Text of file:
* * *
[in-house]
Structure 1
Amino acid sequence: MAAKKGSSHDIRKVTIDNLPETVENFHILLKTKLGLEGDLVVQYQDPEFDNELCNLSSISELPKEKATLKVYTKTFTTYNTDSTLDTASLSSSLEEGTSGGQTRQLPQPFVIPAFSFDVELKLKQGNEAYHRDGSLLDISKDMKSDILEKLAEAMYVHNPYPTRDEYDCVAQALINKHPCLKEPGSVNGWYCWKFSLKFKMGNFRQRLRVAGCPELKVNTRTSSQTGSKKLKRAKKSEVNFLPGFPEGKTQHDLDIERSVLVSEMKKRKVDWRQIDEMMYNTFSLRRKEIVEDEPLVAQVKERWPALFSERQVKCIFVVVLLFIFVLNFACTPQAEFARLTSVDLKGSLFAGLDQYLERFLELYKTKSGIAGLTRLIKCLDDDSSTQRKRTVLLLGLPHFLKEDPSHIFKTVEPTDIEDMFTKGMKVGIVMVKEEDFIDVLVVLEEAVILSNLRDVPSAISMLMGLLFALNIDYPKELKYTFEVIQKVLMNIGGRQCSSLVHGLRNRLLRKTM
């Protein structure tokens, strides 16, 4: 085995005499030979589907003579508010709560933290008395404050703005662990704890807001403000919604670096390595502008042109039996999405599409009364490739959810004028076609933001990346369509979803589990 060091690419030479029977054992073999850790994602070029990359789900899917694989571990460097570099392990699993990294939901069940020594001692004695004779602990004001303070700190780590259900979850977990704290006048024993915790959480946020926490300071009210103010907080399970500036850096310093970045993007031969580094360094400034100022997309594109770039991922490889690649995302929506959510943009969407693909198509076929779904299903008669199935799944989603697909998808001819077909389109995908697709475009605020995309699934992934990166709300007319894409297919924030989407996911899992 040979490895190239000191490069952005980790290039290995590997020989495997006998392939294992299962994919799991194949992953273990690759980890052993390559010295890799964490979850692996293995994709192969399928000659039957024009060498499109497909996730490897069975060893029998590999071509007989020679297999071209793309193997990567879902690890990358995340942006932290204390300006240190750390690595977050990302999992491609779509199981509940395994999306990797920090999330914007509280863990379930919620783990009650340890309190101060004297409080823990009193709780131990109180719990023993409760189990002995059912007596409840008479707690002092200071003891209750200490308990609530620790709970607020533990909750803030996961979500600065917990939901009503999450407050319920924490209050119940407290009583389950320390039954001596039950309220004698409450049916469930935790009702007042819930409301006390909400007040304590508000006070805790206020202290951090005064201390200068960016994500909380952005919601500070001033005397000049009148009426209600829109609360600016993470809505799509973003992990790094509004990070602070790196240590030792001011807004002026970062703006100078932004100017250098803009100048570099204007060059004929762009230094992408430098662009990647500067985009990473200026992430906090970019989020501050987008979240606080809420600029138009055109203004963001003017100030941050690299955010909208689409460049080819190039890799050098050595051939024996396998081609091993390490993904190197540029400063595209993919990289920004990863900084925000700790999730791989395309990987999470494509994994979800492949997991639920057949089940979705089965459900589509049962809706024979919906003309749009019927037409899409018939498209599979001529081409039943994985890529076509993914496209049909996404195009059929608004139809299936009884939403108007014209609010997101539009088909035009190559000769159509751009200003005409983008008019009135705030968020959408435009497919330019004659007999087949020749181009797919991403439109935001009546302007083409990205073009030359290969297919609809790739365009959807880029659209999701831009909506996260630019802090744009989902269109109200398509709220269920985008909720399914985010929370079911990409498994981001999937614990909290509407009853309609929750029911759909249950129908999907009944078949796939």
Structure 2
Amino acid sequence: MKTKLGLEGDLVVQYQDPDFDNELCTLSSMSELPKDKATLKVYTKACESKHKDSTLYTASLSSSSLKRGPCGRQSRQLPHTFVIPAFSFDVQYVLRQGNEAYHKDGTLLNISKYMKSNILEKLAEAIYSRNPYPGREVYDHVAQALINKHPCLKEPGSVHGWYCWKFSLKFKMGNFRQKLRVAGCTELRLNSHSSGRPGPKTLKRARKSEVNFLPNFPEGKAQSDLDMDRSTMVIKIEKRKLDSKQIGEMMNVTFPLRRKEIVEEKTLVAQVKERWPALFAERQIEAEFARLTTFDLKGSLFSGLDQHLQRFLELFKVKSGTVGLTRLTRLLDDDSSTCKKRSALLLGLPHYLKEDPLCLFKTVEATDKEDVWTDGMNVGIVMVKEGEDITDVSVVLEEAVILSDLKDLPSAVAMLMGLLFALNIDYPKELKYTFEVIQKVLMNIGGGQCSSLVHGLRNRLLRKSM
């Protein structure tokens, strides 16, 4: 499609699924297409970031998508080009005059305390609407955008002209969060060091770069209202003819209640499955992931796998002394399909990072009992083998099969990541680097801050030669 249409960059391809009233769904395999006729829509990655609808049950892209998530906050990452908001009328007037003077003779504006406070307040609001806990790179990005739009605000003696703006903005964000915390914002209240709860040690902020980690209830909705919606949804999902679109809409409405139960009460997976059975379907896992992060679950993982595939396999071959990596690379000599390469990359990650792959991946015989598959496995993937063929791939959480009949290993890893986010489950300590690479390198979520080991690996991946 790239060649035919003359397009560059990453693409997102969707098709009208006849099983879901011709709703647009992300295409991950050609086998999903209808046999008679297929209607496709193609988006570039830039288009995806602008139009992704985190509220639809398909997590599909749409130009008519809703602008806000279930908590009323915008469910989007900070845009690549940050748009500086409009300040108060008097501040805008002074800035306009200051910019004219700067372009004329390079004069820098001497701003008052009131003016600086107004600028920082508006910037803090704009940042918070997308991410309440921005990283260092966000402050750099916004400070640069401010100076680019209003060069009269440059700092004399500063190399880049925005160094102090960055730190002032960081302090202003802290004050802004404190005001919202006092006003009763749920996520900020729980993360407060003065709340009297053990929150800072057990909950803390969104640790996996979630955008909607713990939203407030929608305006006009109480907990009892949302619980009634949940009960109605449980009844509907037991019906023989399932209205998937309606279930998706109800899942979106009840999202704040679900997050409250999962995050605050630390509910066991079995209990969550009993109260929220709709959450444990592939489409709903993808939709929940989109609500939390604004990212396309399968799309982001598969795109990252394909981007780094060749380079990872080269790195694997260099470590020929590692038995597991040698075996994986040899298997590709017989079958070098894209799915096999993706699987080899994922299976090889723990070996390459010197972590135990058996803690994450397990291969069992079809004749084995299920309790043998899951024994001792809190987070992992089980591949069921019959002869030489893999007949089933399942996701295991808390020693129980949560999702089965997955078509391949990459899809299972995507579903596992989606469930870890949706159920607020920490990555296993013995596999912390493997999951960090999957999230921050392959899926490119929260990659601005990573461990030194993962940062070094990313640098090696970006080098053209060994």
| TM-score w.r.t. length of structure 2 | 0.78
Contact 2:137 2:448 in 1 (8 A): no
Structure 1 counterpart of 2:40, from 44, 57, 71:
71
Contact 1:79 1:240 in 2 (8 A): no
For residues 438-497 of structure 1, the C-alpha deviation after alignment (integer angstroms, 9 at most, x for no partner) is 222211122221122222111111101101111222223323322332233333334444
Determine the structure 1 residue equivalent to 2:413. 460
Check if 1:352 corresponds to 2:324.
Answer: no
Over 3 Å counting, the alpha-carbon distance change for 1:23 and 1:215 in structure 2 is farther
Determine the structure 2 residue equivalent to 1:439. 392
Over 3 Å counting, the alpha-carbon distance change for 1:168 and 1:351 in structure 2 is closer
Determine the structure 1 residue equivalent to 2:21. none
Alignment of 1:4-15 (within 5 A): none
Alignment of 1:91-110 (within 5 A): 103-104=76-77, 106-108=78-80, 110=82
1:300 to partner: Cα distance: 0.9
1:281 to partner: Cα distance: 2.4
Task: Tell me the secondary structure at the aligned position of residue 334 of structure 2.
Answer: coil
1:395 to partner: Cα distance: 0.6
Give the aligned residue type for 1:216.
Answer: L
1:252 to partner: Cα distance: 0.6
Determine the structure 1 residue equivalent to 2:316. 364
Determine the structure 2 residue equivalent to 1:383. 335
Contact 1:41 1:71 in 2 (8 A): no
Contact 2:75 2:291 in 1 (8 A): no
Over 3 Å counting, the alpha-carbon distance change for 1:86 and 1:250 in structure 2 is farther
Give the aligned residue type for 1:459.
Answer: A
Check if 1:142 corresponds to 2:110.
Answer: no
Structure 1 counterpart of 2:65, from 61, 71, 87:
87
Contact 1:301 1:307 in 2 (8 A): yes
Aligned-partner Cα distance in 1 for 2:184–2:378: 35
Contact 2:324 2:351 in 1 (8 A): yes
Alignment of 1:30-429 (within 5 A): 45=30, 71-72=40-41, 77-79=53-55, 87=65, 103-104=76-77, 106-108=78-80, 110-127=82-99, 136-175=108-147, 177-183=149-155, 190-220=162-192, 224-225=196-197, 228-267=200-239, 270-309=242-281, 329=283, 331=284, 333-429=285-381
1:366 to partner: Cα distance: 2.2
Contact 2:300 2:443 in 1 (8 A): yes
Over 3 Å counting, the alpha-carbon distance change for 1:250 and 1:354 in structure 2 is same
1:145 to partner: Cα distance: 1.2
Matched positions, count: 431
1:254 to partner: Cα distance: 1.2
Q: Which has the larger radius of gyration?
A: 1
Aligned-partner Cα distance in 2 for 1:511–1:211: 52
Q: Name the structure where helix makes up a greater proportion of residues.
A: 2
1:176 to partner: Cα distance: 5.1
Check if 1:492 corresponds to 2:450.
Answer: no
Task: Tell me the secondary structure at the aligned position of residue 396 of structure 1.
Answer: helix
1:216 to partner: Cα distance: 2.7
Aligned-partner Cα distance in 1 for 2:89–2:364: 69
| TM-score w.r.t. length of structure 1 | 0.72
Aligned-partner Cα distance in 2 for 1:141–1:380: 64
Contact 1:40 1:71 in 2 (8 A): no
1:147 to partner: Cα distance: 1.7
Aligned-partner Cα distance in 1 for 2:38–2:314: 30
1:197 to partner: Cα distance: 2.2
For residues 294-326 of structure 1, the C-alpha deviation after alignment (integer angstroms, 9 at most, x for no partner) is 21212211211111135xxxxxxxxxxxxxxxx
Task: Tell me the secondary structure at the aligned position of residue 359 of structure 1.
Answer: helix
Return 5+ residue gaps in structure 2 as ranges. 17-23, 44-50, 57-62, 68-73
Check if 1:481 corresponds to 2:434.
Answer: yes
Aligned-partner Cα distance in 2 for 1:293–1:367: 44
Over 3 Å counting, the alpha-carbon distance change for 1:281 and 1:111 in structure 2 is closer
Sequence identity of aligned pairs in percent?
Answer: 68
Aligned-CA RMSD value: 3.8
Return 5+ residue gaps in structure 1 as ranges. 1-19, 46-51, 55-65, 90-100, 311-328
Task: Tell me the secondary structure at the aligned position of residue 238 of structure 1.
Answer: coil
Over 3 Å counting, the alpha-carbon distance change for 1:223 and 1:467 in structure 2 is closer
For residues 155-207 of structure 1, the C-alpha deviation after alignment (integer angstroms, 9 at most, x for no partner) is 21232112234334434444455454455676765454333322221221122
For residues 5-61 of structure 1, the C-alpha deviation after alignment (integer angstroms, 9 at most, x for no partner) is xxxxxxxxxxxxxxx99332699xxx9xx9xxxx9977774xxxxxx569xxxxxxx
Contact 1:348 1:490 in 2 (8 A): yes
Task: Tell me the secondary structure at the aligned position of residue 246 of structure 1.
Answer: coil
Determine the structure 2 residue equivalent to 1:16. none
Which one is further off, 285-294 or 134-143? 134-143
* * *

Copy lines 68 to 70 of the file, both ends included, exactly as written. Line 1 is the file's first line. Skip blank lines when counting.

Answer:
Aligned-partner Cα distance in 1 for 2:38–2:314: 30
1:197 to partner: Cα distance: 2.2
For residues 294-326 of structure 1, the C-alpha deviation after alignment (integer angstroms, 9 at most, x for no partner) is 21212211211111135xxxxxxxxxxxxxxxx